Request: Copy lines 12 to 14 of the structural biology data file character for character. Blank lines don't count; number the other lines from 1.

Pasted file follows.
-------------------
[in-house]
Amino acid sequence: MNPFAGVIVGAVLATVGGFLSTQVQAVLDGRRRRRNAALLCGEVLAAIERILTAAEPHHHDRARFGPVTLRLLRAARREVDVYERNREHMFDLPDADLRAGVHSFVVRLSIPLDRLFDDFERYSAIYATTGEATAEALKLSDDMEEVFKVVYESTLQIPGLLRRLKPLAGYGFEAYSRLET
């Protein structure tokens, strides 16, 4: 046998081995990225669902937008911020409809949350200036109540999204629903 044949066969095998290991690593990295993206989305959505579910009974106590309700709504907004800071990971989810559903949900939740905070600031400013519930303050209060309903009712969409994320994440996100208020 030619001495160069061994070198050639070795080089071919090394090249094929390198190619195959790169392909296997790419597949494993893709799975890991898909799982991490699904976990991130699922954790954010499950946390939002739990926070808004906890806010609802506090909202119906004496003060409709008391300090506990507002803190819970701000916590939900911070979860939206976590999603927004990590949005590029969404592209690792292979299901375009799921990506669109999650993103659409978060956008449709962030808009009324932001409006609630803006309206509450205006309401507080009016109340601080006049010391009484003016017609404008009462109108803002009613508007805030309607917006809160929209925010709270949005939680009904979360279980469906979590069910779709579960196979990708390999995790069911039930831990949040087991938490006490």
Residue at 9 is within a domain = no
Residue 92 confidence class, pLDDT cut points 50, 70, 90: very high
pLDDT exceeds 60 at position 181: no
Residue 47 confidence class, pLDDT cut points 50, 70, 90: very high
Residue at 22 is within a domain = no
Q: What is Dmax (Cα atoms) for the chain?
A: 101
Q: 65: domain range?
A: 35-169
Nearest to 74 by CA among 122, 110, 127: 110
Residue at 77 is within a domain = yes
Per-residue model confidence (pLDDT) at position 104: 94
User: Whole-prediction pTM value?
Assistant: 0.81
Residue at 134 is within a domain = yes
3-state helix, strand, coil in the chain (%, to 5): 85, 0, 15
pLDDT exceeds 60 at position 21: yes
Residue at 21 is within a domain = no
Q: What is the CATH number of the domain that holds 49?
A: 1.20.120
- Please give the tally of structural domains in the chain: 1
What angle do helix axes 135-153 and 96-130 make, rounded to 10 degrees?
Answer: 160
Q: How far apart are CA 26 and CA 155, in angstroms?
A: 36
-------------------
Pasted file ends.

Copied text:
A: 35-169
Nearest to 74 by CA among 122, 110, 127: 110
Residue at 77 is within a domain = yes